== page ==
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I've read other similar questions on this but they don't solve this particular problem. I have an old C-library with a touppercase function (as an example). This takes a char* and returns a char*. However, the pointer returned is a pointer to the same string (don't ask me I didn't write it).

The function looks like this:

__declspec(dllexport)
char * __cdecl touppercase(char *ps_source)
{
    char *ps_buffer = NULL;

    assert (ps_source != NULL);

    ps_buffer = ps_source;
    while (*ps_buffer != '\0')
    {
        *ps_buffer = toupper(*ps_buffer);
        ps_buffer++;
    }
*ps_buffer = '\0';
    return (ps_source);
}

The C# code to declare this looks like:

    [DllImport("mydll.dll", EntryPoint = "touppercase",
               CharSet = CharSet.Ansi, ExactSpelling = true,
               CallingConvention = CallingConvention.Cdecl)]
    private static extern System.IntPtr touppercase(string postData);

The call to this in my app looks like

     string sTest2 = Marshal.PtrToStringAnsi(to_uppercase(sTest));

However sTest2 just ends up being a random string.

I added a test function to the same dll with the same parameters but this allocates memory locally and copies the string. This works fine. Why does the original version now work?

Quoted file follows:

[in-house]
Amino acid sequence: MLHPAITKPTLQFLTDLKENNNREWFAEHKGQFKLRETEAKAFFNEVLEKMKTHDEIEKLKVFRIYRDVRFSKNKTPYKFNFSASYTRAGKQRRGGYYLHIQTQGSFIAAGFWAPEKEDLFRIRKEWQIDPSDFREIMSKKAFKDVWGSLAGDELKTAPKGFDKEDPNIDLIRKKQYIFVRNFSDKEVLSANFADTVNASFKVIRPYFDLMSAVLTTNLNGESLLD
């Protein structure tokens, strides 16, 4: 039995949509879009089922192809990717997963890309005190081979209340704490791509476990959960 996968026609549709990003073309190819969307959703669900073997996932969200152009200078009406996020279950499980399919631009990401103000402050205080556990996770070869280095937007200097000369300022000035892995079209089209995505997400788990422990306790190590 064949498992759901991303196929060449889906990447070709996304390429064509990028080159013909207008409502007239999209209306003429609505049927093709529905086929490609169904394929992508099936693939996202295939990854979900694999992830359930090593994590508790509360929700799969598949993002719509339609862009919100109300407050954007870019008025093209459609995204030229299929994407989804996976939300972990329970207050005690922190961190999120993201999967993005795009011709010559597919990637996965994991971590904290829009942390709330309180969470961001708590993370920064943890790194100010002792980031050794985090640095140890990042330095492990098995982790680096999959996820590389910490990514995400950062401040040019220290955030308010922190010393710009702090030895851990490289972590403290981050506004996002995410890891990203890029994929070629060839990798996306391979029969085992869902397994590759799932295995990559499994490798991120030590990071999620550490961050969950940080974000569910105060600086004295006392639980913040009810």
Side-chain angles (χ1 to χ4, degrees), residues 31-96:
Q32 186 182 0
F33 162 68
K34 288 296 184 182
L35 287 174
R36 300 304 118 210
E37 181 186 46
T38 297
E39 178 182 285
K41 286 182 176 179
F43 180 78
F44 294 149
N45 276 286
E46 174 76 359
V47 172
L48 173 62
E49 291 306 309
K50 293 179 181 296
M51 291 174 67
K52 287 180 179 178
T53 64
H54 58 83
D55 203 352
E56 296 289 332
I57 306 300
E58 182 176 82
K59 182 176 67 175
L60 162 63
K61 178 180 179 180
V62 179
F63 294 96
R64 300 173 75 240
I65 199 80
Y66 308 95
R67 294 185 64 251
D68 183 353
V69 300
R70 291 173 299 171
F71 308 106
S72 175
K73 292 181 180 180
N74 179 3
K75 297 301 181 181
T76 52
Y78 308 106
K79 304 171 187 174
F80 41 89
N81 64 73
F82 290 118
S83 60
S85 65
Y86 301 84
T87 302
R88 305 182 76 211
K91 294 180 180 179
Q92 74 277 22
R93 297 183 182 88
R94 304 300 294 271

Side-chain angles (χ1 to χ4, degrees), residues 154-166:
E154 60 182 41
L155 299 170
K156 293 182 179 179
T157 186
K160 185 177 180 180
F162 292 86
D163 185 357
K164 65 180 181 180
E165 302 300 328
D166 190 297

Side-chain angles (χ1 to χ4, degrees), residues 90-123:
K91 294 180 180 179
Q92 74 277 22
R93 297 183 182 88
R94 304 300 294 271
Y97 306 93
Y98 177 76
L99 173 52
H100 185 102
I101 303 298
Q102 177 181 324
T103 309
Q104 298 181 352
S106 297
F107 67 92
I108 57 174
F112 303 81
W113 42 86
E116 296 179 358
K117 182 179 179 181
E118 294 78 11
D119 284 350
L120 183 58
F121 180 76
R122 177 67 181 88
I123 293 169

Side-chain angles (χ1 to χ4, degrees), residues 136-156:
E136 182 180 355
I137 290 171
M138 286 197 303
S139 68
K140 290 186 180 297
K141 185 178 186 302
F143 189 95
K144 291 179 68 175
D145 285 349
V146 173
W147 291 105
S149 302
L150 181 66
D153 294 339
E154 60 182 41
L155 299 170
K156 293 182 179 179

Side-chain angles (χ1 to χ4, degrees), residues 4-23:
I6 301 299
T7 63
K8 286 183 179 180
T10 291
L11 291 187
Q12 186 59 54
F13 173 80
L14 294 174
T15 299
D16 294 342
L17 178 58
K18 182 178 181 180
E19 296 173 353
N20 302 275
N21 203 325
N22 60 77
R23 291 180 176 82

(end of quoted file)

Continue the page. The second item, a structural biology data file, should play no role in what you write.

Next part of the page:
Note: Updating the dll libraries themselves isn't an option.

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What happens to sTest after a call to this function? does it change? –  Mohamed Nuur May 27 '11 at 14:19
    
Why are you declaring the calling convention. By default C# uses Calling convention instead of the Standard convention ( C/C++ ). You already change the convention in your C library. You would only have to change the convention if the C code wasn't declared as something other then the default. –  Ramhound May 27 '11 at 14:41
1  
@ramhound: explicitly specifying the calling convention of exported functions is safest. You don't want exports to be affected by /Gr or /Gz. –  Ben Voigt May 27 '11 at 16:02

2 Answers 2

up vote 7 down vote accepted

The function is modifying the reference so you should use a stringbuilder:

[DllImport("dll.dll", EntryPoint="touppercase",
CharSet = CharSet.Ansi, ExactSpelling = true,
CallingConvention = CallingConvention.Cdecl)]
private static extern System.IntPtr touppercase(StringBuilder postData);

Call it something like this:

    StringBuilder sTest = new StringBuilder("abs");
    touppercase(sTest);
    string result = sTest.ToString();

For the explanation of the return pointer -> Ben Voigt

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That worked wonders. Thanks very much. –  Jonnster May 27 '11 at 15:12

As you correctly observed, the return type is a pointer to the same string. And the string provided to the function is a temporary buffer used by .NET for Unicode->ANSI conversion, deallocated before P/Invoke returns. So it's a wild pointer which you must ignore (best to just use C# void return type).

I would also recommend using StringBuilder for the parameter instead of String, this lets .NET know that the function will change the parameter passed. The content of the StringBuilder will be modified by the function, that's how you get your results without a return value.

share|improve this answer
    
Thanks very much. –  Jonnster May 27 '11 at 15:13

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